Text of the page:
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This study set out to map, document and understand the relative vulnerability of municipal markets and their vendors, farmers and wider communities to climate change risks. The outcomes are practical measures and policy recommendations that can be implemented by UN Women’s Markets for Change project, municipalities and other relevant stakeholders to reduce this vulnerability and to prepare for disasters.
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Time to Act on Gender, Climate Change and Disaster Risk Reduction. An overview of progress in the Pacific region with evidence from The Republic of Marshall Islands, Vanuatu and Samoa. Gender equality and the empowerment of women become ever more important as the frequency and severity of storms, floods, drought and other climatic hazards increase in the Pacific region. Due to prevailing gender inequalities and social norms, women and girls are disproportionately affected by climate change and disaster...
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There is now a large body of sociological evidence that demonstrates that knowledge and attitudes are not necessarily the best predictor of human behaviour.11 In other words, just because someone believes that women should be in parliament, does not mean that they will vote for a female candidate on election day. This is supported by research in Solomon Islands, which clearly shows that high levels of notional support for women’s political participation do not translate into votes for...
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In 2009, the Vanuatu Women’s Centre (VWC) in partnership with the Vanuatu National Statistics Office (VNSO) completed the first Vanuatu National Survey on Women’s Lives and Family Relationships. This survey found alarmingly high rates of violence against women and girls in Vanuatu: (*) “60 per cent of women in a relationship experienced physical and/or sexual violence by their husband/partner in their lifetime, and 44% suffered from either or both of these forms of violence in the last 12 months.” (*) “The prevalence of sexual violence...
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A snapshot of UN Women’s Markets for Change project in Vanuatu delivered by the Fiji Multi-Country Office. Funded largely by the Australian Government, the project works with three major markets in Vanuatu, as well as five ring road markets in Shefa Province. The project also works in 12 other sites in Fiji and Vanuatu, to help ensure they are safe, inclusive and non-discriminatory. Markets are an essential source of income for many Vanuatu households and women make up the majority of...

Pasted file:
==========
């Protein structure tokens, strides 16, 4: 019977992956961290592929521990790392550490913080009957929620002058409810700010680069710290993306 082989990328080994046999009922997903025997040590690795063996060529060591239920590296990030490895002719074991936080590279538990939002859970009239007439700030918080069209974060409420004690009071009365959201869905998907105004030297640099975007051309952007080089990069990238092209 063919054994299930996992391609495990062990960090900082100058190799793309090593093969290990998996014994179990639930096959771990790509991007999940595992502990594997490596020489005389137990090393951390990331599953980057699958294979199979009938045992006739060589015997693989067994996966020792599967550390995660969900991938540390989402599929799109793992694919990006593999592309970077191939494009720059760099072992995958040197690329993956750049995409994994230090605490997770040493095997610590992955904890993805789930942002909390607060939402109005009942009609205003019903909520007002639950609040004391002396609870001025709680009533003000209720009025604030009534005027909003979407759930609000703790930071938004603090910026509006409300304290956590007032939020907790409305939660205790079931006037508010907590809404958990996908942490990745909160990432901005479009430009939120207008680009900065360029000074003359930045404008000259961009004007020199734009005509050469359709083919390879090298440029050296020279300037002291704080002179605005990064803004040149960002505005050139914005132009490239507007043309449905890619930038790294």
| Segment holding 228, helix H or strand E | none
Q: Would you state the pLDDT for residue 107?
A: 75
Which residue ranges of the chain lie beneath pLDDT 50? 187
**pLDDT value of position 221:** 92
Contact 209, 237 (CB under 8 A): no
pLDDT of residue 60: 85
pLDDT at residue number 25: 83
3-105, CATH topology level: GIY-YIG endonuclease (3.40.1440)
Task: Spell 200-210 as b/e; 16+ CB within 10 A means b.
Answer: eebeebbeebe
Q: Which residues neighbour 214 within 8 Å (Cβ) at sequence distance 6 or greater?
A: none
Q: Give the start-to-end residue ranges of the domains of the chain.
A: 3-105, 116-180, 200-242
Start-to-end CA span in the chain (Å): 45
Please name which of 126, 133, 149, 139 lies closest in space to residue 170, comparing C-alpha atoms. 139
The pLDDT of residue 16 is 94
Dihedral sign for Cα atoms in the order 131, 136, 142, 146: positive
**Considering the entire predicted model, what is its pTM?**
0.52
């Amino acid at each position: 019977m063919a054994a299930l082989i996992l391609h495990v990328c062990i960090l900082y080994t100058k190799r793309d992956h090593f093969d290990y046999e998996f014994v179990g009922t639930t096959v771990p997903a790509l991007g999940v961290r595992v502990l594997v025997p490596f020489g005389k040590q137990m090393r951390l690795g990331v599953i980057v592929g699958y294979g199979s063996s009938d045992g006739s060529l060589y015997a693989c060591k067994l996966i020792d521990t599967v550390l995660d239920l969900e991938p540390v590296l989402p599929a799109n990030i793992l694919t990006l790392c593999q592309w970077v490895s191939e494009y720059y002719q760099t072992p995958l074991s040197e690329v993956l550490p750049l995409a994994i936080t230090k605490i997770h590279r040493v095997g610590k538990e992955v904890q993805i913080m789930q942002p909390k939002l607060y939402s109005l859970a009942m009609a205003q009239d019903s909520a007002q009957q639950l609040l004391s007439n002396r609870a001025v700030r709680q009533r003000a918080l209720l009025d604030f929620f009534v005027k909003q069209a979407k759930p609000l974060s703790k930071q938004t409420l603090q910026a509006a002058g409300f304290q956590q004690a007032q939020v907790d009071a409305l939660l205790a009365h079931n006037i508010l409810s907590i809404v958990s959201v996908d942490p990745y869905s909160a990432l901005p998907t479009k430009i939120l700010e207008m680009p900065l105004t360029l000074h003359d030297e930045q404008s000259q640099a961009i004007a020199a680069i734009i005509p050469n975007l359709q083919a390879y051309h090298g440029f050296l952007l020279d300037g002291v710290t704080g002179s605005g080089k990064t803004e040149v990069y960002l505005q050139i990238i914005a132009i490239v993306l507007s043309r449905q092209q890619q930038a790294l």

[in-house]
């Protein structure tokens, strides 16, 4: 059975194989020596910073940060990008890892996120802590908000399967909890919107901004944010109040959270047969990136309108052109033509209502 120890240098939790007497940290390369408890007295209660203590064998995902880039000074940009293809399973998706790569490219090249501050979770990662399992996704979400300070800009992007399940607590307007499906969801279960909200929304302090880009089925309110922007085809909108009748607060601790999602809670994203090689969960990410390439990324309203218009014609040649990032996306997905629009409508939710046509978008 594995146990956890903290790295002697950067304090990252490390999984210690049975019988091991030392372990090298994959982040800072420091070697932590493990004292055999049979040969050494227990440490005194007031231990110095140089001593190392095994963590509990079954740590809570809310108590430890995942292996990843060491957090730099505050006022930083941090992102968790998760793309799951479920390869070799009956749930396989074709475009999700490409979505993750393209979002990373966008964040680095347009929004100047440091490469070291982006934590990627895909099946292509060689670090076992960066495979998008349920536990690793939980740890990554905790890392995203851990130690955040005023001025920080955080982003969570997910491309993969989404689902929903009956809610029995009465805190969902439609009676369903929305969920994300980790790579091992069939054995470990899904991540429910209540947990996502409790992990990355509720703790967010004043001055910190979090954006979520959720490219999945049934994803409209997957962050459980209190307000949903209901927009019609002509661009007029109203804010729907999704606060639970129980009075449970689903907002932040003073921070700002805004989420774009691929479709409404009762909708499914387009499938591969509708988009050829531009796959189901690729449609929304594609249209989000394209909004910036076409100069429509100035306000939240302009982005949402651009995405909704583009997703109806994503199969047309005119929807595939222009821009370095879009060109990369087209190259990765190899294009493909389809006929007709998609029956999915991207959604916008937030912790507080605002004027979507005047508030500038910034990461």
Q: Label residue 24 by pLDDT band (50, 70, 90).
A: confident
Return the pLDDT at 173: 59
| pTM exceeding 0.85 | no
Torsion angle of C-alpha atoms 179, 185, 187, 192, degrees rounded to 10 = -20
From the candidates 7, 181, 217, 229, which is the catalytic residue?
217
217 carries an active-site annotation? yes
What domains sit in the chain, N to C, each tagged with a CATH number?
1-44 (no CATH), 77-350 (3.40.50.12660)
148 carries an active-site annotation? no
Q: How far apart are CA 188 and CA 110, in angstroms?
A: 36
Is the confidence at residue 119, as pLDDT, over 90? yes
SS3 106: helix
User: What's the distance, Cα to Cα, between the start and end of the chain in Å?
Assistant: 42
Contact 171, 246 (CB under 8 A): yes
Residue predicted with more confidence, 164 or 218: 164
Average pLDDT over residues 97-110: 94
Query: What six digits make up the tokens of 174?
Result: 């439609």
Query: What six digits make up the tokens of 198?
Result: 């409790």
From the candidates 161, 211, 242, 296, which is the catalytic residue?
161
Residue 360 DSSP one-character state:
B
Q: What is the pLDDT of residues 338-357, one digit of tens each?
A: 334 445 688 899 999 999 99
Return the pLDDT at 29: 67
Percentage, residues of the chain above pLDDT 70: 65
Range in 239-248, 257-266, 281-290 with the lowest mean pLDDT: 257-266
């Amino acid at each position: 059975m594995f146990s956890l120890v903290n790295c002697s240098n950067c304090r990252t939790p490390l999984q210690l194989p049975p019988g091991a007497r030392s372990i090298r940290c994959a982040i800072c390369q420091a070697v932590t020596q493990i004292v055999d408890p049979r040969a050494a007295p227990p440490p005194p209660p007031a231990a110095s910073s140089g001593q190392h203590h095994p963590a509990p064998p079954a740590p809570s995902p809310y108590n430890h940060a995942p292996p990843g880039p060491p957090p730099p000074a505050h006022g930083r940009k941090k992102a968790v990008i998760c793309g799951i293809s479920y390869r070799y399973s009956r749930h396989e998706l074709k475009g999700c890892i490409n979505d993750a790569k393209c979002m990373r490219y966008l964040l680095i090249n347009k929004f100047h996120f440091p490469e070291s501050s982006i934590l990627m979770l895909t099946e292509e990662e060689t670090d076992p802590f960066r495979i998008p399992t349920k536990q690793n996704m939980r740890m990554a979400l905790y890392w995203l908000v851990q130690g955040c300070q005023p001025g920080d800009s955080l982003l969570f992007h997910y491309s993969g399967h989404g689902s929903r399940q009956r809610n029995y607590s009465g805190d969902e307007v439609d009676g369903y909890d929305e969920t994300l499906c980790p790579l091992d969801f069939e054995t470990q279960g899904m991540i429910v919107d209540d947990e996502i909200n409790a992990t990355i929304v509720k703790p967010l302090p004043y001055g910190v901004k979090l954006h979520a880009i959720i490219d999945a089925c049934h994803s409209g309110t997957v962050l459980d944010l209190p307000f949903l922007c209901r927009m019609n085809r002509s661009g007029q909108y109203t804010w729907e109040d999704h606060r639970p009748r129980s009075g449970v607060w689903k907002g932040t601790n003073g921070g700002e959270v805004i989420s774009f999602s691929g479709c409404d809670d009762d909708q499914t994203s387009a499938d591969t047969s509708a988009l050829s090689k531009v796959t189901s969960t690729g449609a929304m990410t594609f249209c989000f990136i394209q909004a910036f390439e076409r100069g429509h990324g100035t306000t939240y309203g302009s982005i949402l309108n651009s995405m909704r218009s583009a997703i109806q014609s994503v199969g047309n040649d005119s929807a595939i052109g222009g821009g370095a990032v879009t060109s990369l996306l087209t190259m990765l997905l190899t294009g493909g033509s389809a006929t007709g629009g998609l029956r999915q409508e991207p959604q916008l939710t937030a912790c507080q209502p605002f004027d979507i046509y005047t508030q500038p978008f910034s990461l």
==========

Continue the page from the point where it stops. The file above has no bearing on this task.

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A snapshot of UN Women’s Markets for Change project in the Solomon Islands delivered by the Fiji Multi-Country Office. Funded largely by the Australian Government, the project works with two major markets in Solomon Islands, as well as 18 others in Fiji and Vanuatu, to help ensure they are safe, inclusive and non-discriminatory. Markets are an essential source of income for many Solomon Islands households and women make up the majority of market vendors; despite this women are not usually...
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A snapshot of UN Women’s Markets for Change project delivered by the Fiji Multi-Country Office. Funded largely by the Australian Government, the project works with 20 market sites across Fiji Solomon Islands and Vanuatu to help ensure they are safe, inclusive and non-discriminatory. Markets are an essential source of income for many Pacific households and women make up the majority of market vendors; despite this women are not usually involved in the decision-making processes that shape...
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Increasing women’s participation in leadership and decision-making is not only critical for achieving gender equality, it is also essential for general economic and social development. Studies have found that longer exposure to women’s political representation increases women’s overall labour force participation, the share of public employment opportunities allocated to women and women’s increased access to public goods such as roads and health services. The Pacific...